Tired of carrying that paper copy in your pocket, purse, briefcase, or backpack?
United States v. Gene Williams
In 2013, in Williams Appellant was convicted by an "enlisted" panel of rape, four forcible sodomies, and five assaults. He was sentenced to 20 years, TF, RiR, and a DD. Allegations of aggravated sexual contact with a child and child sodomy were dismissed. He got a Hills remand from CAAF. After a second ACCA affirmance, CAAF set aside the rape conviction, three of the sodomies, and the sentence. One of the sodomies was affirmed as were the five A&B.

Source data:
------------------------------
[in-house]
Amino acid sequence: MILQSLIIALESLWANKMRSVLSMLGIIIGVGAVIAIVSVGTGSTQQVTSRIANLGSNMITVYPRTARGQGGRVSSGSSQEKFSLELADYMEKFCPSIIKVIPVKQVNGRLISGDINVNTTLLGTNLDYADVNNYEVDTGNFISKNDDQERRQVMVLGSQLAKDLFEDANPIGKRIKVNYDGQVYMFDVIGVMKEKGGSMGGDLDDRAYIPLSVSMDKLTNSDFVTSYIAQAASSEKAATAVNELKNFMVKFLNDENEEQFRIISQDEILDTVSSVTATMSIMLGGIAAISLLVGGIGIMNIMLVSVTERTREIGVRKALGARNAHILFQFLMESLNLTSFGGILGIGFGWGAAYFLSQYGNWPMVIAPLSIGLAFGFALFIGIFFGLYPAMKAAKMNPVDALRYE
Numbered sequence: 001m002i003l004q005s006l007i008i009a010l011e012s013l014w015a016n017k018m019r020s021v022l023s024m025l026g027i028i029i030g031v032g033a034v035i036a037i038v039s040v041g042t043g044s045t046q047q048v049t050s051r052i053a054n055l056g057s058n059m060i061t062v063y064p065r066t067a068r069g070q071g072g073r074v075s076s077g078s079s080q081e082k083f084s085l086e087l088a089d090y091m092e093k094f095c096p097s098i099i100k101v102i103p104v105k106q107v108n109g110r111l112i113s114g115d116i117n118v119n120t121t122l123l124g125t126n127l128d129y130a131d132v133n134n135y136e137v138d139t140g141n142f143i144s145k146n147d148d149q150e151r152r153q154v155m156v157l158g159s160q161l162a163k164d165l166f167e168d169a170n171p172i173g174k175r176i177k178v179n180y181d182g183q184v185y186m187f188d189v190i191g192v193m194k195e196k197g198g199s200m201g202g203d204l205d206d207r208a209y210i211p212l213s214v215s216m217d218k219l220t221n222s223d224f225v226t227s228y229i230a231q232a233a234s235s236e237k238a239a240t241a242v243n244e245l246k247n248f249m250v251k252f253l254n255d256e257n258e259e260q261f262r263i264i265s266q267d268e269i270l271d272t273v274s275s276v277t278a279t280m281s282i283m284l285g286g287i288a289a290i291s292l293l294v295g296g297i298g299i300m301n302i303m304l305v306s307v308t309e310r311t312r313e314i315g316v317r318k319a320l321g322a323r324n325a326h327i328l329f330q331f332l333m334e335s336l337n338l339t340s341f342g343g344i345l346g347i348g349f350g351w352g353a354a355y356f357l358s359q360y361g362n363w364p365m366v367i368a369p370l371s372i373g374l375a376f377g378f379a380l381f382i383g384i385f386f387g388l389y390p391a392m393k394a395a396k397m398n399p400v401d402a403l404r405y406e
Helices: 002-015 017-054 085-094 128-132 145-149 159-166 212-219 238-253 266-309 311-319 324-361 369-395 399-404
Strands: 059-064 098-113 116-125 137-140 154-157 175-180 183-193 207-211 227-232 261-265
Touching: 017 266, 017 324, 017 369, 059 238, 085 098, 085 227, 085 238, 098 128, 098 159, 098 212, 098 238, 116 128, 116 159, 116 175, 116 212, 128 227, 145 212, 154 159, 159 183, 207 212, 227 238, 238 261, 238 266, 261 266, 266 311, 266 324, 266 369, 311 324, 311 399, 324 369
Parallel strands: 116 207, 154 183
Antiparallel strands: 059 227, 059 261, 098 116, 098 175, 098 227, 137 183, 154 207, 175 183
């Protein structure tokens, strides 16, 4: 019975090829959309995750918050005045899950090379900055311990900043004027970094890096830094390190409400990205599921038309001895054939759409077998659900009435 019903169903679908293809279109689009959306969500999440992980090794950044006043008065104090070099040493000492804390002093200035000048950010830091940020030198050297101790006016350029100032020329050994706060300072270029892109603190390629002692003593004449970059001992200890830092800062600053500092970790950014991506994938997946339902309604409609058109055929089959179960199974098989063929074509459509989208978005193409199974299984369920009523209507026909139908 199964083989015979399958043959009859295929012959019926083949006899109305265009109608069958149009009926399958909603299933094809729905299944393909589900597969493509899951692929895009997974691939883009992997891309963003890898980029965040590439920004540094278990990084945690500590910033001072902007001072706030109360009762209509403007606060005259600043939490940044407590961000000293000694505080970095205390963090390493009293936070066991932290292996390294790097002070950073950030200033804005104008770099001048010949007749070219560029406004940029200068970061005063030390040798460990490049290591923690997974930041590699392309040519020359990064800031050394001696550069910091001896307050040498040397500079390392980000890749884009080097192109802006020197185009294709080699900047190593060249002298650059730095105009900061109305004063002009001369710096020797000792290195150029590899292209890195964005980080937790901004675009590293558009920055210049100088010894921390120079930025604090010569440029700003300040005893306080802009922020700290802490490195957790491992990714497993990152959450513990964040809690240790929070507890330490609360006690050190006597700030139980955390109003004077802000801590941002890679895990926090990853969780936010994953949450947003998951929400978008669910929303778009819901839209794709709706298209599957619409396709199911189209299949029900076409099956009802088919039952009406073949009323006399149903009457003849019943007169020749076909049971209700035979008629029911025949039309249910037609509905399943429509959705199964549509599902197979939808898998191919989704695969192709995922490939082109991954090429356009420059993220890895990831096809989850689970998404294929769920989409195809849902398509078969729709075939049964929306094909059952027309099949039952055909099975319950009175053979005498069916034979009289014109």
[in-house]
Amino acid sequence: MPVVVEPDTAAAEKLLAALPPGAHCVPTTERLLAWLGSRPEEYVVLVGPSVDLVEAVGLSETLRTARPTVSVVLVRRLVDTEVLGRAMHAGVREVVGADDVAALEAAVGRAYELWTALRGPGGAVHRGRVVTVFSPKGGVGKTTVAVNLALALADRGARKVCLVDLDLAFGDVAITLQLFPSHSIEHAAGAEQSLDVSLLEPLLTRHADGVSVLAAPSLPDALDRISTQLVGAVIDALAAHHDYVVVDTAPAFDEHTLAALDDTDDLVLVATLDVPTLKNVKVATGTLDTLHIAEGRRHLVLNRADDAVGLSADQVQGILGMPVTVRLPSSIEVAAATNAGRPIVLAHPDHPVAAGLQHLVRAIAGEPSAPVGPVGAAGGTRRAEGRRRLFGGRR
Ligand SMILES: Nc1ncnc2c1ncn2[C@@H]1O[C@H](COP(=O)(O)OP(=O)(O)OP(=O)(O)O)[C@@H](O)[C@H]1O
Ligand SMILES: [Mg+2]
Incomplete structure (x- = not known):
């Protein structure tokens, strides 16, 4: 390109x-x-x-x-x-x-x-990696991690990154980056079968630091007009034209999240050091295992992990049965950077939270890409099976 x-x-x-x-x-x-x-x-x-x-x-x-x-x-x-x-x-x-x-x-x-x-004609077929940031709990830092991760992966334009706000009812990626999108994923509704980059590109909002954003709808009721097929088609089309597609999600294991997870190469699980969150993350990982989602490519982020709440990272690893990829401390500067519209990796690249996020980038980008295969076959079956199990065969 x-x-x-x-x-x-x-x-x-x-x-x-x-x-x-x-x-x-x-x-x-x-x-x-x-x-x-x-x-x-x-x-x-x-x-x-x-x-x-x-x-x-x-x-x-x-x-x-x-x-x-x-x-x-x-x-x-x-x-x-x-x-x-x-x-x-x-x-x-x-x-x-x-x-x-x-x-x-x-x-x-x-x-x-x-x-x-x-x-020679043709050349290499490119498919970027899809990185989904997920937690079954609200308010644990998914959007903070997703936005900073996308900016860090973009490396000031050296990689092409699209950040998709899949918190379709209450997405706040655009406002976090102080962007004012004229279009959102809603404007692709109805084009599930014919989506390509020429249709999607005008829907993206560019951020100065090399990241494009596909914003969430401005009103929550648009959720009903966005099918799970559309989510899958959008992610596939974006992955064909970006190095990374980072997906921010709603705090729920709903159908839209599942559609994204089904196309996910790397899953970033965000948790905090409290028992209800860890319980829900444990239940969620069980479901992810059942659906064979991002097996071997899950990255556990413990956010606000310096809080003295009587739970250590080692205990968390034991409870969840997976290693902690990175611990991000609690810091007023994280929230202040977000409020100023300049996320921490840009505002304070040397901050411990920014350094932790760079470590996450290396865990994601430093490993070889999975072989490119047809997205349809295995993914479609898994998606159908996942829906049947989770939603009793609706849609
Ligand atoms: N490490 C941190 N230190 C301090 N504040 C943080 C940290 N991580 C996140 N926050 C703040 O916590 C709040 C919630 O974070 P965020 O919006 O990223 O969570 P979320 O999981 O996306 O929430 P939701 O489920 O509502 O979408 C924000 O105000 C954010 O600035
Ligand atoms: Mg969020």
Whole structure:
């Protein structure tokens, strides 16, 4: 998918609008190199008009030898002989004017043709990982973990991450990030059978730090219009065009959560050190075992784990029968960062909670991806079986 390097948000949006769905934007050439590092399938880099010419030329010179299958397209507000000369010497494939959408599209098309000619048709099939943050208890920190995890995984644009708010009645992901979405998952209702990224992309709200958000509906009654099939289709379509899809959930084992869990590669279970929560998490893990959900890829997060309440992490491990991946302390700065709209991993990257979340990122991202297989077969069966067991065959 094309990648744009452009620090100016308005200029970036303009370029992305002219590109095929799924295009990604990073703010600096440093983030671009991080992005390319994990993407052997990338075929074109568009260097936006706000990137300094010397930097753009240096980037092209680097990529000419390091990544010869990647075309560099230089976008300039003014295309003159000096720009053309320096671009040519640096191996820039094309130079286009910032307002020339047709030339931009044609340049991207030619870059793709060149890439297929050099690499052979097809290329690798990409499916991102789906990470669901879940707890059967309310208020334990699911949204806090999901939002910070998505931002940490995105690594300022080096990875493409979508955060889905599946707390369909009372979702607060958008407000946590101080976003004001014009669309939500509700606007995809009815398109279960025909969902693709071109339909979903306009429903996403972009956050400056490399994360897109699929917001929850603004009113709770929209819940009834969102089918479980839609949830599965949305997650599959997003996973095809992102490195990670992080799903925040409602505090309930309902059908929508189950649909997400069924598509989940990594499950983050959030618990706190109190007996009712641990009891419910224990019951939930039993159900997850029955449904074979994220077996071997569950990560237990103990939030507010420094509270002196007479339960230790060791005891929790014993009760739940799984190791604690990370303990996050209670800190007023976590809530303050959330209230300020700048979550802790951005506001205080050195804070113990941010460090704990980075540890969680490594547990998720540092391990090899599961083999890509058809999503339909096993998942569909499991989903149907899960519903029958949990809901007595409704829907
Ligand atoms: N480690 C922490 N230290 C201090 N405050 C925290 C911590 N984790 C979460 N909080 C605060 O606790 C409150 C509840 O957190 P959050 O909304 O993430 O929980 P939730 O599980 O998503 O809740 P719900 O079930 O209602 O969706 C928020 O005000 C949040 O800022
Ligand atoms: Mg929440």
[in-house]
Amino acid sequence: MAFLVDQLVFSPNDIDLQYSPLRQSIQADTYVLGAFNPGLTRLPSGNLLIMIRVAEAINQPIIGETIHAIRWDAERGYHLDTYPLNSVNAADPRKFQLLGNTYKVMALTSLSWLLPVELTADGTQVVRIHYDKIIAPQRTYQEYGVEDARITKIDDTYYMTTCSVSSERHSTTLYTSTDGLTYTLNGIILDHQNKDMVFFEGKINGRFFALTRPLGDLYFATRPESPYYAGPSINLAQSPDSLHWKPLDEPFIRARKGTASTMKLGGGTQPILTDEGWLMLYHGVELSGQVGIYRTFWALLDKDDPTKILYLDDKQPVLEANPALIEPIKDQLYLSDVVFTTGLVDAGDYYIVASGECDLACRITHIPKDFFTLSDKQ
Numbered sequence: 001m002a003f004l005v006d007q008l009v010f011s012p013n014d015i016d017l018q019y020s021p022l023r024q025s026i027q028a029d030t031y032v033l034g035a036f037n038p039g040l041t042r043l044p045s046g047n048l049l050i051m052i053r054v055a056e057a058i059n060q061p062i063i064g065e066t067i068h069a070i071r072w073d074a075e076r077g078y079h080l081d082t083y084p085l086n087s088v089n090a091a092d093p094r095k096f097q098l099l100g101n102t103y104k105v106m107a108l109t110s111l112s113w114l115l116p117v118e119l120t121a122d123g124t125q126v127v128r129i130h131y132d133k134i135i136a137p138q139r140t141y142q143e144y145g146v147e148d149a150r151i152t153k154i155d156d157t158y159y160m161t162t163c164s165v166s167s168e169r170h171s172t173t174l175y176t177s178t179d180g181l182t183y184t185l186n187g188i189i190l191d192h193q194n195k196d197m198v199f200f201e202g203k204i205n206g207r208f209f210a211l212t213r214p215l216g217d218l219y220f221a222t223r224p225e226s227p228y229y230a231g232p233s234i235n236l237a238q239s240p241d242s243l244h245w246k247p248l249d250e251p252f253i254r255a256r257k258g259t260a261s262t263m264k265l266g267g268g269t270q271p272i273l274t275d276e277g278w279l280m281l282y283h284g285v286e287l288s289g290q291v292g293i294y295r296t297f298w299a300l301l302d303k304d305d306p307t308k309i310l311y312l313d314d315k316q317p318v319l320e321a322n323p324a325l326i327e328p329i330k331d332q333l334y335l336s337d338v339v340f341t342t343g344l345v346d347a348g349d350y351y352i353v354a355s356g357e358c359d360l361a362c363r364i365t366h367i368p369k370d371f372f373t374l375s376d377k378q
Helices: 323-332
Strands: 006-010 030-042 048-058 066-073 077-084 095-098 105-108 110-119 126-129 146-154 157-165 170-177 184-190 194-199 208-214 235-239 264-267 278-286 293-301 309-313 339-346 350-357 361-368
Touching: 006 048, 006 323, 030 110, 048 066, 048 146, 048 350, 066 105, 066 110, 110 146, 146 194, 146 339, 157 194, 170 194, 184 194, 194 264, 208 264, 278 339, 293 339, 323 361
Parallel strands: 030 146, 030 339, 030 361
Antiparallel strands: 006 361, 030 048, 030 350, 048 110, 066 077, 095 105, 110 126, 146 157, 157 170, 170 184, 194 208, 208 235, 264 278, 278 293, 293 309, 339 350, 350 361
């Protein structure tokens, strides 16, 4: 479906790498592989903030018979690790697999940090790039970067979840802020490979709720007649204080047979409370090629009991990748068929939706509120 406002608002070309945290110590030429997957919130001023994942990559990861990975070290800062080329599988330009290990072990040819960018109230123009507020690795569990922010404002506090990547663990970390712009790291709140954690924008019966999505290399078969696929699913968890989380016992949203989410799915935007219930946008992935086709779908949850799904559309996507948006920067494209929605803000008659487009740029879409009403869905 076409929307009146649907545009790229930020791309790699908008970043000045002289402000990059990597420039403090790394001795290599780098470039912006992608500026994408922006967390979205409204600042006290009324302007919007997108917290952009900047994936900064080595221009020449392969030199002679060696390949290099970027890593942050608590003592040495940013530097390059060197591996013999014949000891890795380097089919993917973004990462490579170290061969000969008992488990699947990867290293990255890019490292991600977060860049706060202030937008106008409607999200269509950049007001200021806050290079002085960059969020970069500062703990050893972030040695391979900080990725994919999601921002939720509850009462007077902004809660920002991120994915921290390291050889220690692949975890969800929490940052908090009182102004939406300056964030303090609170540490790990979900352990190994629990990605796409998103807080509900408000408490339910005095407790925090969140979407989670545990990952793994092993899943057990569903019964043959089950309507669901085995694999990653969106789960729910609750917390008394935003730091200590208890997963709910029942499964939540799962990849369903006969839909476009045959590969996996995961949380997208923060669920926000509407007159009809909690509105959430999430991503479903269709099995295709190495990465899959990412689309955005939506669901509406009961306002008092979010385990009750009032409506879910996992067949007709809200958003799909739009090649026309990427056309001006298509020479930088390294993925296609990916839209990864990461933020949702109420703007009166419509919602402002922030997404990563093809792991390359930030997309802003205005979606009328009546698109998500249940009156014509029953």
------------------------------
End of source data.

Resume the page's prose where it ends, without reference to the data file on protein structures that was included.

In 2019, appellant was tried at a combined rehearing before a military judge at a general court-martial. The rehearing offenses consisted of the three specifications of forcible sodomy set aside by the CAAF, and two additional charges: one specification of aggravated sexual contact with a child and one specification of sodomy of a child under twelve. These two charges were the same charges dismissed without prejudice in appellant's first trial. One specification of rape, for which appellant was found guilty at his original trial, and which was set aside by the CAAF and authorized for rehearing, was dismissed by the government without prejudice. The two additional charges were preferred on 30 August 2018, and were received by the summary court-martial convening authority (SCMCA) on 12 September 2018. Contrary to his pleas, appellant was found guilty of the three specifications of forcible sodomy and one specification of child sodomy.' His sentence for these offenses, along with the resentencing for the five specifications of assault consummated by battery, was a dishonorable discharge, confinement for thirty-five years, total forfeitures of pay and allowances and reduction to E-1.